Interestingly, menopause still occurs at around 50 years of age even despite our longer life expectancies in modern times, which researchers believe suggests that longevity of our ovarian function is predetermined and possibly genetic. At birth, females have around 500,000 eggs in their ovaries, but this number declines throughout their lives. The rate of loss accelerates from around our mid-30s in the lead up to the perimenopausal period in our 40s.

The majority of the oestrogen in our bodies up until menopause is produced by the ovaries. After menopause, oestrogen levels significantly decline, because the ovaries are no longer producing any. Small amounts of oestrogen are still produced elsewhere in the body such as the adrenal glands, and fat cells convert androgens (“male” hormones made in the adrenal glands) into oestrogen, however this is a much weaker type of oestrogen than the ovaries produced. Progesterone levels also decline because of the loss of ovarian function. Small amounts of a weaker type of oestrogen are still produced in the adrenal glands, and fat cells convert some androgens (“male” type hormones) into weak oestrogen, too. The overall effect of this is that the body shifts into a low-oestrogenic state, and it is this significant change in our hormonal balance that triggers perimenopausal symptoms.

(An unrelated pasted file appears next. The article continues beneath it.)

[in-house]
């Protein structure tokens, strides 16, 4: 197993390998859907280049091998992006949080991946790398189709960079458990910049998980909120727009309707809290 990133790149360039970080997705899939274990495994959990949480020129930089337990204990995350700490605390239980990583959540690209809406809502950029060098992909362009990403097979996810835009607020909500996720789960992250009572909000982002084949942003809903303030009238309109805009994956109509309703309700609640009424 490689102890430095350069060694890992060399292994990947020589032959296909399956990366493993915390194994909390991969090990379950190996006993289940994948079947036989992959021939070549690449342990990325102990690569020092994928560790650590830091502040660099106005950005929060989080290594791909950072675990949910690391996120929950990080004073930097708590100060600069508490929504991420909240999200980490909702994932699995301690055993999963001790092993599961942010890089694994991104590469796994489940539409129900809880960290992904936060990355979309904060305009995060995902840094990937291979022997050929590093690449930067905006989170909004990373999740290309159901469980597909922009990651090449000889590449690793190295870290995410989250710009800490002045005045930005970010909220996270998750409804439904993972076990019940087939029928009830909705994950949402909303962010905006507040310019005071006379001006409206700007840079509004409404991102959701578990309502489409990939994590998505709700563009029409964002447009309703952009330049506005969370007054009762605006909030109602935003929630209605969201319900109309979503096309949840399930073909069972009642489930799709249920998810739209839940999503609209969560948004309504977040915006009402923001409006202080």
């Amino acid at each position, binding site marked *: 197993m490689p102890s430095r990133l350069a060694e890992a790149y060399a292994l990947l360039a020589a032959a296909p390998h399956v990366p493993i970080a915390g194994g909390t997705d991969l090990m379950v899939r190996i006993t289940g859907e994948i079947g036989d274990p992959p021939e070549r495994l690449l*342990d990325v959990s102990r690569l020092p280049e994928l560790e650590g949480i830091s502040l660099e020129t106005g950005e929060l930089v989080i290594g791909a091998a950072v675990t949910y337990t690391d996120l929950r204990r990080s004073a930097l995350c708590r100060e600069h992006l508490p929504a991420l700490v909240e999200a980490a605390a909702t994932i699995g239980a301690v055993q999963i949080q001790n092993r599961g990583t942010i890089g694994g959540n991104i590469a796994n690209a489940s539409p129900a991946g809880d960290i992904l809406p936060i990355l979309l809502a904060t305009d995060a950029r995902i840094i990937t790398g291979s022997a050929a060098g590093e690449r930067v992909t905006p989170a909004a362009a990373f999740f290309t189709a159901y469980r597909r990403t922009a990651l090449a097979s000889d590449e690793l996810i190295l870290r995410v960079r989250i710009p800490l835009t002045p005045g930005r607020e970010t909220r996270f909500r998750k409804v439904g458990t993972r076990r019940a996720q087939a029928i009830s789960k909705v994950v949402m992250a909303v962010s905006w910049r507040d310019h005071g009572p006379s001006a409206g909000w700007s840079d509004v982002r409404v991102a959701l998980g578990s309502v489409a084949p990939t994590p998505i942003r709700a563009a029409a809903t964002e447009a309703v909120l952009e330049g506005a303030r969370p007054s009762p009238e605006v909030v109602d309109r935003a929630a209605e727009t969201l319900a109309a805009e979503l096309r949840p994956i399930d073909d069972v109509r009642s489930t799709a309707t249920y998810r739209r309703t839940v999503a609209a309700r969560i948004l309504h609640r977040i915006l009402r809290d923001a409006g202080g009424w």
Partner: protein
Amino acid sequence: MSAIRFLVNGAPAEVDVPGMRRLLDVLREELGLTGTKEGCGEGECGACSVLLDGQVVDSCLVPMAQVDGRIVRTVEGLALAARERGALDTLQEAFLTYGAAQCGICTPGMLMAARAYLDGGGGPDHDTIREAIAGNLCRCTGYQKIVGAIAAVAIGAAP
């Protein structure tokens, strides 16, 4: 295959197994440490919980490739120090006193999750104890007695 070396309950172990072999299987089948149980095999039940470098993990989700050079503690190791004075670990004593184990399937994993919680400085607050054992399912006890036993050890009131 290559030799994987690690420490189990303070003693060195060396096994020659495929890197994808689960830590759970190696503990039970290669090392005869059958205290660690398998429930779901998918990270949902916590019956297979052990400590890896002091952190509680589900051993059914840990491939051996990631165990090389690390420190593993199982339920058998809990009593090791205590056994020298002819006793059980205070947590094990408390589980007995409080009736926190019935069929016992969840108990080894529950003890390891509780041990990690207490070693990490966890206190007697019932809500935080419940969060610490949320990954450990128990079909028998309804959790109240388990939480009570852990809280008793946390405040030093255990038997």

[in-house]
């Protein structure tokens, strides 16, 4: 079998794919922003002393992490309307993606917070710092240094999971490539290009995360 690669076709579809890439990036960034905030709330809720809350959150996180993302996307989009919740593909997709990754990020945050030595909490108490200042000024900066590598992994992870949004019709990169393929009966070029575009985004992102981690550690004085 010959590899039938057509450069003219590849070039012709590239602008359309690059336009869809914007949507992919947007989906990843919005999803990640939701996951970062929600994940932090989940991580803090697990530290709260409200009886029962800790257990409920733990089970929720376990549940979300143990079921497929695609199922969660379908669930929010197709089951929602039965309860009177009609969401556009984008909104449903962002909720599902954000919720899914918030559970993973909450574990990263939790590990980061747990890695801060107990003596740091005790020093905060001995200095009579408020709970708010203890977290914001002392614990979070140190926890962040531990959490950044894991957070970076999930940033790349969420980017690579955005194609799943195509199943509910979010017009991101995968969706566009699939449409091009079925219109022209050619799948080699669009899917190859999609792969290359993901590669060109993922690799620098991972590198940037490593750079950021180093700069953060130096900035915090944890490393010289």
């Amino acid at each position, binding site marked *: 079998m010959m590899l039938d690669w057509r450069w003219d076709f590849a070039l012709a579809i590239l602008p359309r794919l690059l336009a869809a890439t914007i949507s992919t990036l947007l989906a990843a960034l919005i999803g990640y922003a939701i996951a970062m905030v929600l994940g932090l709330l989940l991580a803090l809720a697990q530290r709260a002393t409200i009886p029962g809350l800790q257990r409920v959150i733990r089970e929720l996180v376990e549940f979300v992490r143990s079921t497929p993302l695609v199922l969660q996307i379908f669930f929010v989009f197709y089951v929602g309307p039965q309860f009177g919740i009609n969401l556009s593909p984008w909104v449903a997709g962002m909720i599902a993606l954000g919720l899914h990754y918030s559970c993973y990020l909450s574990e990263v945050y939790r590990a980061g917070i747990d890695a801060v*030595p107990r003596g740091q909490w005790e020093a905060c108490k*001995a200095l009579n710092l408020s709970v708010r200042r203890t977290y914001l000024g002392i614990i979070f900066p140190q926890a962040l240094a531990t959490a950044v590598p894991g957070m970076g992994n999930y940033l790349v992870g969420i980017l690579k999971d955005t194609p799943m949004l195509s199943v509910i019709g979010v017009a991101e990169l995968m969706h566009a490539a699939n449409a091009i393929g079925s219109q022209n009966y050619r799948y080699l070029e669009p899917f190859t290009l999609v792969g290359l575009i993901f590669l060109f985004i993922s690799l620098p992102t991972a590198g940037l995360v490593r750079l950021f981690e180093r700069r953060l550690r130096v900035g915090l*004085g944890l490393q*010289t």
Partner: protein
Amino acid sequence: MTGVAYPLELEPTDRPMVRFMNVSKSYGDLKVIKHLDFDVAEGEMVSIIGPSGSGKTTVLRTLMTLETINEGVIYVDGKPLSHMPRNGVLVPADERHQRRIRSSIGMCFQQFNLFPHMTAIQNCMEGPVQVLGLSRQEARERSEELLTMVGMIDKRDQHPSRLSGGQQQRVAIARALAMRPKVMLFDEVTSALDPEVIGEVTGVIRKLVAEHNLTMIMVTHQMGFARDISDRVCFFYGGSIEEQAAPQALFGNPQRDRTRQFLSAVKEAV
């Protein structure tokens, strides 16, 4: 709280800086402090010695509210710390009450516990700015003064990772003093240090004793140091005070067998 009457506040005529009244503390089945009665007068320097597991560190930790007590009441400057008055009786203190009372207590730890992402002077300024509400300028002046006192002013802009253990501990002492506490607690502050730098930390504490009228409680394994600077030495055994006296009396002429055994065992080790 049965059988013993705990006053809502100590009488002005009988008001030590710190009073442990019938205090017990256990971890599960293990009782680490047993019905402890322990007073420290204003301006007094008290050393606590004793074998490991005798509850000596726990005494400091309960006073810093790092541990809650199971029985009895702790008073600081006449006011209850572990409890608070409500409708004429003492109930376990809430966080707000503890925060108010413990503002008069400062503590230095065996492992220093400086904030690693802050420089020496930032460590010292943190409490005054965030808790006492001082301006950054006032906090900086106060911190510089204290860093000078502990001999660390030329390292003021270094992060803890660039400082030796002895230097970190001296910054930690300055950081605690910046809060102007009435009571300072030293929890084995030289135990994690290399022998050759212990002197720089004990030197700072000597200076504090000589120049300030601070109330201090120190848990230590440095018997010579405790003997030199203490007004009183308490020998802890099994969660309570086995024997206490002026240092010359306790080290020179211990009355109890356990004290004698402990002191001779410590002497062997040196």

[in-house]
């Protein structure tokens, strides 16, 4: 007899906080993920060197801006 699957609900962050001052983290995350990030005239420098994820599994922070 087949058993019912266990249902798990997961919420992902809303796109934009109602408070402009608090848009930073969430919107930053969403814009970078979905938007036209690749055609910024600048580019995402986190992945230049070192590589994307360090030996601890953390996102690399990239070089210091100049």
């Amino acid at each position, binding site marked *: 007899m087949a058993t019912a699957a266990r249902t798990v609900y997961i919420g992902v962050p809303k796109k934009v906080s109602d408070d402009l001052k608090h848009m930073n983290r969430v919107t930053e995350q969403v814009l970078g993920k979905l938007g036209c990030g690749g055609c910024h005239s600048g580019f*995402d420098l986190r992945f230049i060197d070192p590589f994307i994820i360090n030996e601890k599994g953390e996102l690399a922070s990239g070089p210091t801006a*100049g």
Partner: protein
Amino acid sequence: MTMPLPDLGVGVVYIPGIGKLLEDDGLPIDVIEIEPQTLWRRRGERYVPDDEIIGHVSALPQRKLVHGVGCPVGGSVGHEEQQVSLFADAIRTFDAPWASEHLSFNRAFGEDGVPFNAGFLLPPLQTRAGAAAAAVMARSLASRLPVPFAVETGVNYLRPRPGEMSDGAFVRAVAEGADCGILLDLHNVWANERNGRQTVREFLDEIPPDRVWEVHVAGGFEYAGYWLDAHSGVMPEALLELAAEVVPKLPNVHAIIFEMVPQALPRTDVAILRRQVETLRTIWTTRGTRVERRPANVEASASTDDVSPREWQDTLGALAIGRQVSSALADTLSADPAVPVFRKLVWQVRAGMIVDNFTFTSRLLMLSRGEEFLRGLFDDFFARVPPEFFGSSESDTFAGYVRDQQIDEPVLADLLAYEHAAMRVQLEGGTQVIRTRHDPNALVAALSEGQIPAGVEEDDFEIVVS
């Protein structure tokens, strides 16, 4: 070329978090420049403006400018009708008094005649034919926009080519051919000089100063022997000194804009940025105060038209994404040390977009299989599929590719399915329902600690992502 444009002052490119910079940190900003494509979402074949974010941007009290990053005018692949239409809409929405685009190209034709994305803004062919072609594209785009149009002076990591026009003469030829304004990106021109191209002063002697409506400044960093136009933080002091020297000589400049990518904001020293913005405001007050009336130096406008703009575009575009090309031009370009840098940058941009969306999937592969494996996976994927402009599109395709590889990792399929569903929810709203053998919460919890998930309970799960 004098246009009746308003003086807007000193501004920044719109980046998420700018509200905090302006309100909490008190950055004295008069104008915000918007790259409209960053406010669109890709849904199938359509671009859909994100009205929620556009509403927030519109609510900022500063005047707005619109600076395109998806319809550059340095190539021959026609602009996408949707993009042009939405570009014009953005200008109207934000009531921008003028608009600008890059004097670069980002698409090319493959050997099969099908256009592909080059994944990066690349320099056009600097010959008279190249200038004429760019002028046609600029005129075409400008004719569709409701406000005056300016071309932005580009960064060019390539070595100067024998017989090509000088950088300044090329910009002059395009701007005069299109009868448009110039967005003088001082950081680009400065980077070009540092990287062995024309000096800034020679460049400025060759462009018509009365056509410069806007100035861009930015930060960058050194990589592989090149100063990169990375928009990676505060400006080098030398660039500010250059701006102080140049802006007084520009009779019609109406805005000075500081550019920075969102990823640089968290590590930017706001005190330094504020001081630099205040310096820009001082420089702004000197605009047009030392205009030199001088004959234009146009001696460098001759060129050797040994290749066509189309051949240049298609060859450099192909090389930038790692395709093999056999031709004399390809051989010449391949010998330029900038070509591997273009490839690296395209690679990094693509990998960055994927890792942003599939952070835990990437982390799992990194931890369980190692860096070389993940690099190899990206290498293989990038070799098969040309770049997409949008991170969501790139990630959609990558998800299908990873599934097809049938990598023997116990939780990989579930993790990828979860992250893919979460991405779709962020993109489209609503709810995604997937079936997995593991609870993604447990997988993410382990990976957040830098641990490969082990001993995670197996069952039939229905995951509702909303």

Oestrogen is a vitally important hormone that performs many, many functions in the body during the reproductive years, beyond simply being involved in ovulation and the menstrual cycle.

In fact, oestrogen is involved in many different functions, including the following:

  • Maintains bone density by promoting osteoblast (bone-building) cell function
  • Protects against heart disease via a range of complex mechanisms
  • Improves cognition and protects against dementia by improving blood flow to the brain and helping certain brain cells to function
  • Supports mental wellbeing by increasing serotonin production

Progesterone, too, plays many roles in the body other than ovulation, including:

  • Helps to support skin and bone health
  • Supports pancreas function and normal insulin signalling
  • Plays a role in regulating immune system function

It’s easy to see why the loss of these hormones trigger so many physiological changes, and why it can take some time for our bodies to adapt.

Health Conditions Associated with Menopause

With the significant physiological changes that occur in menopause, there are unfortunately an increased risk of certain other conditions developing in post-menopause.

High Cholesterol

After menopause, our bodies metabolise fats differently, which can unfortunately lead to an increase in “bad” LDL cholesterol and triglycerides.

Cardiovascular Disease

Low oestrogen increases the risk of CVD because of the protective role of oestrogen on the heart and blood vessels.